Of course before starting to assemble the front and back, I did remember to drill the holes for the carriage bolts through the 2x4s that would become the sides. I didn’t want measure for the holes and hope I didn’t screw up, or worse yet have to drill the holes while trying to hold the heavy front and side together when I was assembling them.
One I had the front and back frames built, I calculated the amount of siding I would need and purchased it when it was on sale. Since it was in much better shape than the dimensional lumber, I did not have to spend nearly as much time sanding the siding. I sided the back first since it had no openings to worry about. Each piece of siding received two drywall screws top and bottom. So that all the screws lined up nicely, I had a combo square set to the distance I wanted the screws from the edge of the board. I did not use glue and I spaced the boards so there was about a 1/8 to 1/4″ inch gap in the tongue and groove for expansion.
On the front I needed openings for two windows and one door. Rather than side over the front completely and then cut out the openings, I laid out the openings and cut the siding while I was installing it. I planned on doing it that way to save money on siding; it didn’t prove to be much more difficult than siding the back.
The last real construction part on the tree house itself was framing in the windows and the door. The windows are just square 1×2 frames mitered in the corners and reinforced by a pocket screw in each corner. I routed dadoes in the middle of the back of the frames to hold the muntins. The muntins were ripped from the edges of 1x stock and the middle was dadoed where they crossed.
I created a sill for the bottom of the door, because I wanted something smooth and flat so my son (or me) didn’t hurt himself every time he got in and out of bed. The frame of the door is just mitered 1x2s with the same pocket hole to reinforce the joint.
The last thing I needed to build was a ladder to climb into the tree house. The ladder is made from 1x6s with 2×2 blocks connecting the sides to the steps with a 20° slant. I thought this would be much simpler and stronger than trying to cut angled dadoes in the sides for the steps to fit into. At the top of the ladder, I cut the sides so they would lay flat against the front of the tree house and I added a 1×4 in case I ever wanted to secure the ladder to the tree house bed. Everything is screwed and glued.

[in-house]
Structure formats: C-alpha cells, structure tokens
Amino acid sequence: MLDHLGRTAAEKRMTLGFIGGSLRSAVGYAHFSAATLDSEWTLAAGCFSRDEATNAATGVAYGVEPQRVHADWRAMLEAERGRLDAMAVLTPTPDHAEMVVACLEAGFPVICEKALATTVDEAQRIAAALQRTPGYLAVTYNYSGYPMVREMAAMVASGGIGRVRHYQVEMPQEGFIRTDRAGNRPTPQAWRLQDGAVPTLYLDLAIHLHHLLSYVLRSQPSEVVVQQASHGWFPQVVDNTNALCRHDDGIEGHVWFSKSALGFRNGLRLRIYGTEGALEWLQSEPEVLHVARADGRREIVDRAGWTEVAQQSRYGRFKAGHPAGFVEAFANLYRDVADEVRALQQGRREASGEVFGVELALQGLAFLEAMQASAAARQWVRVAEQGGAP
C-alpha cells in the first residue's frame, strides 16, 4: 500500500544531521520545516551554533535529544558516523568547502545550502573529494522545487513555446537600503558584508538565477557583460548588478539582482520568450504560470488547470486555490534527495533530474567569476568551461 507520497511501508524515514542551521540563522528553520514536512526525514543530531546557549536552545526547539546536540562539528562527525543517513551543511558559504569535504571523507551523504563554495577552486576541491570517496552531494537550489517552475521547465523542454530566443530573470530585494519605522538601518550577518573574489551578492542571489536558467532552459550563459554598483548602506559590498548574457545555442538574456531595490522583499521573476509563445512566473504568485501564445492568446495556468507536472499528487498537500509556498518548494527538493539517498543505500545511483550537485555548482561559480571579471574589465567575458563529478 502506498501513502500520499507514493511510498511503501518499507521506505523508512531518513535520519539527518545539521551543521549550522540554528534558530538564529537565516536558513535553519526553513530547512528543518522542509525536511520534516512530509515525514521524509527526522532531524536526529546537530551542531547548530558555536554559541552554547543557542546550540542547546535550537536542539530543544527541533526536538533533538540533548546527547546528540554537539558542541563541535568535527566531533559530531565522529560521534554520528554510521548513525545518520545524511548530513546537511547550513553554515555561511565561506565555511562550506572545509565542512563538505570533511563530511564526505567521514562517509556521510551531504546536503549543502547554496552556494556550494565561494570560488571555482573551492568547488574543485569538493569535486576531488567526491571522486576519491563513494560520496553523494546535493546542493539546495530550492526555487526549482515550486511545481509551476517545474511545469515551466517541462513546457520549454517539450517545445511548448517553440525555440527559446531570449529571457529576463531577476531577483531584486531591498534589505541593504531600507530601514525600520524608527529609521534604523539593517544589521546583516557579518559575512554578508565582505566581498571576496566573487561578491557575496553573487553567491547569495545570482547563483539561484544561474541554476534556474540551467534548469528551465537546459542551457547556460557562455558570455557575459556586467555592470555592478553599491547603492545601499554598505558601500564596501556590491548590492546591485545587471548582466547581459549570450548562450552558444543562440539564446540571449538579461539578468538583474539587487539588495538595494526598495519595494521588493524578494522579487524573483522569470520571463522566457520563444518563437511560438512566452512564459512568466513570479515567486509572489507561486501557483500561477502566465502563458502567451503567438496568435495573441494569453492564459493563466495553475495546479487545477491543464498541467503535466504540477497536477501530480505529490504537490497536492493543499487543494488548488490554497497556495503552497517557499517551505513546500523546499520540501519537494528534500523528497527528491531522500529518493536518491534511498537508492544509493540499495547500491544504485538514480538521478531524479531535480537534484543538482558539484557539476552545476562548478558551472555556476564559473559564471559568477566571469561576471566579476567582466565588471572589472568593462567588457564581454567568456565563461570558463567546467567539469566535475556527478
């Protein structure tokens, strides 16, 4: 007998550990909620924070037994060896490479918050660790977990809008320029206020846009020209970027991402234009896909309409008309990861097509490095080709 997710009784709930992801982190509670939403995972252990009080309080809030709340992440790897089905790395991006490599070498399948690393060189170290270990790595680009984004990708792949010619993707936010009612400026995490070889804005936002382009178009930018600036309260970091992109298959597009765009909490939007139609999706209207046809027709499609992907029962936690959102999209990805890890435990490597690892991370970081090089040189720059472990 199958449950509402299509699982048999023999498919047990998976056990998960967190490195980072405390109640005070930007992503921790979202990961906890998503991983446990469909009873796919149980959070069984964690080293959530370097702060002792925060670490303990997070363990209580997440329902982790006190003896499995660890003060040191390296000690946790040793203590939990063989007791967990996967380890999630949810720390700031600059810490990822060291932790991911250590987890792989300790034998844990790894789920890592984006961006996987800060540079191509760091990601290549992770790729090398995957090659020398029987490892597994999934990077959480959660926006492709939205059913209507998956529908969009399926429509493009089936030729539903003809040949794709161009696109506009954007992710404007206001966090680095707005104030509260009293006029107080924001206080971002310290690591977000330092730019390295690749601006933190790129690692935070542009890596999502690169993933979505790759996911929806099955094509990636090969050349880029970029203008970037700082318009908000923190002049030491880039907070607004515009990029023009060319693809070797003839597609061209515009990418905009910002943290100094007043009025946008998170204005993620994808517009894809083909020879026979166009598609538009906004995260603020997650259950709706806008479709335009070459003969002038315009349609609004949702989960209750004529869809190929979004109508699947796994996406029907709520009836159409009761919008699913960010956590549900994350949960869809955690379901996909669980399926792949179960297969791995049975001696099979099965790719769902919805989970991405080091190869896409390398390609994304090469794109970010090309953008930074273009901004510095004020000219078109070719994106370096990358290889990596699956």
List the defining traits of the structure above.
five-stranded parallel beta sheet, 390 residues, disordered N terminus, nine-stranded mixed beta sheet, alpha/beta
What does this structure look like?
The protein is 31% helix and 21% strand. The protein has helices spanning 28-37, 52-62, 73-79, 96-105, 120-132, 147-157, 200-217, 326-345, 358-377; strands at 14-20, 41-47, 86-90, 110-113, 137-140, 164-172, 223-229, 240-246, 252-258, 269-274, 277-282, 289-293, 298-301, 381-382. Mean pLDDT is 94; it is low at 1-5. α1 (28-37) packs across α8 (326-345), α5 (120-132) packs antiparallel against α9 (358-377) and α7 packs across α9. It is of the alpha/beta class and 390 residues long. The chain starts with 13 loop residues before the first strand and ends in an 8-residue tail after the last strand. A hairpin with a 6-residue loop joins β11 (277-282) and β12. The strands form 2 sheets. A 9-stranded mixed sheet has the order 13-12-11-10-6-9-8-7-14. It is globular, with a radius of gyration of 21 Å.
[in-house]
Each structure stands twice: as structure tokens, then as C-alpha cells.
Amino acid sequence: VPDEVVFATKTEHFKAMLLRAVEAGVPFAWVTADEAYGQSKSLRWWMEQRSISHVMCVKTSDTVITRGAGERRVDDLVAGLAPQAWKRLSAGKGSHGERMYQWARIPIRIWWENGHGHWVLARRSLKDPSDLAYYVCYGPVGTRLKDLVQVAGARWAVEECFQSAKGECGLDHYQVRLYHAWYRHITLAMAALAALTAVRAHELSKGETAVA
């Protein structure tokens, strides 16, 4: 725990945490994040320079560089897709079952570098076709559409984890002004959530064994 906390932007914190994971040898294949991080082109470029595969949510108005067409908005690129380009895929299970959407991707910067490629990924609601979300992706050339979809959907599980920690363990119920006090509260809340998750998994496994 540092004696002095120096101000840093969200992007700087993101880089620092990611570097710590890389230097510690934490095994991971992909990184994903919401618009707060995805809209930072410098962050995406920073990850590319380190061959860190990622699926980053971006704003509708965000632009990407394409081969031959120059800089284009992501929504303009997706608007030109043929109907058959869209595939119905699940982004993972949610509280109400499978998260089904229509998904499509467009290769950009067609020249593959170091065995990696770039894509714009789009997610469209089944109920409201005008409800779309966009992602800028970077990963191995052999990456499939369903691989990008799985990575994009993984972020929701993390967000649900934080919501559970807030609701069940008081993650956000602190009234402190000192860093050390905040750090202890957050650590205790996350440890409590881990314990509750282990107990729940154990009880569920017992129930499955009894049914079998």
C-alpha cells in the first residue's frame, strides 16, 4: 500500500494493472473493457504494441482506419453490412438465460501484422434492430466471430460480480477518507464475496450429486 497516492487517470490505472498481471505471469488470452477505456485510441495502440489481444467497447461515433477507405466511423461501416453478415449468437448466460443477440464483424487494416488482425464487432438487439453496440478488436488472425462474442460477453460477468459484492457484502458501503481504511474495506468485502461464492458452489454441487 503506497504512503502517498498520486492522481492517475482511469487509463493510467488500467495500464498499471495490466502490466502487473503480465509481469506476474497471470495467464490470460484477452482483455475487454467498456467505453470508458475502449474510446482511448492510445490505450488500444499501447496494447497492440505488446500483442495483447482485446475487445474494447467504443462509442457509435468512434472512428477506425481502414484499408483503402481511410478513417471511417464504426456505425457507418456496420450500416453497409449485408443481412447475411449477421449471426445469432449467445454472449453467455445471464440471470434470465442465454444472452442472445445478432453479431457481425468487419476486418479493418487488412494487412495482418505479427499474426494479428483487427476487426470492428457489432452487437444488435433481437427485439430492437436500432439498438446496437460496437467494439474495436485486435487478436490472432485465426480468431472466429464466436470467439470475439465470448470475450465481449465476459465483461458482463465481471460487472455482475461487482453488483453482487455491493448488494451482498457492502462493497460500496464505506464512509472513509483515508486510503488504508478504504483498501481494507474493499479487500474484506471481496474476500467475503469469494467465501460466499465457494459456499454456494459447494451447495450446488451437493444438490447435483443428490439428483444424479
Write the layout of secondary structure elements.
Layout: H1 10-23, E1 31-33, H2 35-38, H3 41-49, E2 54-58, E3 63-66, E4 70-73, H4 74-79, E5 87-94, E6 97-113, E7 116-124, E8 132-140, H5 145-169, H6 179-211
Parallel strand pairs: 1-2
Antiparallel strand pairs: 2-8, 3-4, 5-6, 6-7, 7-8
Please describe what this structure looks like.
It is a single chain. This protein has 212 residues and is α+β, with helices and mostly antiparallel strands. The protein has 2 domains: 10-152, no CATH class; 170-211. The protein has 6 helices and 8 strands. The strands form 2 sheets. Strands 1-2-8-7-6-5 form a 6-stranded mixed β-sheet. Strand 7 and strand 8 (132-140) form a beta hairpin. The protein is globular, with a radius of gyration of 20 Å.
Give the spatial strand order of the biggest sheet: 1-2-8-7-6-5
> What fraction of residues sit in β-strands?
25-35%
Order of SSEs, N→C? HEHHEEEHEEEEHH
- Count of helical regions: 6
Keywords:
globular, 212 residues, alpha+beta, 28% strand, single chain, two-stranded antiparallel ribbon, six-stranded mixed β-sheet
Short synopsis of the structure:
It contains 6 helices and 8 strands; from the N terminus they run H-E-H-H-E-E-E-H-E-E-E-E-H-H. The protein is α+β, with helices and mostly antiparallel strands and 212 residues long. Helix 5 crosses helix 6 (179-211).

After all these pieces were built, I put the entire bed together inside my shop. As you can see in the first picture it barely fit. I wanted to make sure it was sturdy enough and didn’t need any more bracing. It surpassed my expectations, I figured it’d support a small car if it was lowered onto it. From my research I found with beds of this type the mattress rests on slats which in turn rest on the bed rails. The slats used are 1x4s I cut to fit between the sides of the bed while resting on the rails. To keep them from wandering all over the place when my son jumps and wiggles, I stapled nylon strapping from some old ratchet straps.
I did a lot of research to figure out the right finish to use. I wanted to use an exterior stain, but by experience with exterior stains is that they get powdery over time and I didn’t want that to happen to the tree house bed. After consulting with my dad, he said that stain only gets that powdery residue after long exposure to the sun. I also wanted a finish that wouldn’t telegraph every imperfection. I spent a lot of time preparing the wood, but there were still swirl marks from the random orbit sander. I didn’t want to emphasize them.
Finally I decided to use a water-based solid stain: Cabot Solid Acrylic Decking Stain in Chestnut Brown. This was my first experience using a water based stain and I was really impressed at how well it covered and of course the ease of cleanup. I was able to finish most of the bed with just one coat, only touching up a few spots afterwards.
The bed is complete and my son loves it. My wife made me secure the ladder to the bed because she was afraid of it falling while my son was climbing it. I used two hook and eyes, one on either side of the ladder. This way the ladder can still be easily detached when we need to vacuum his room.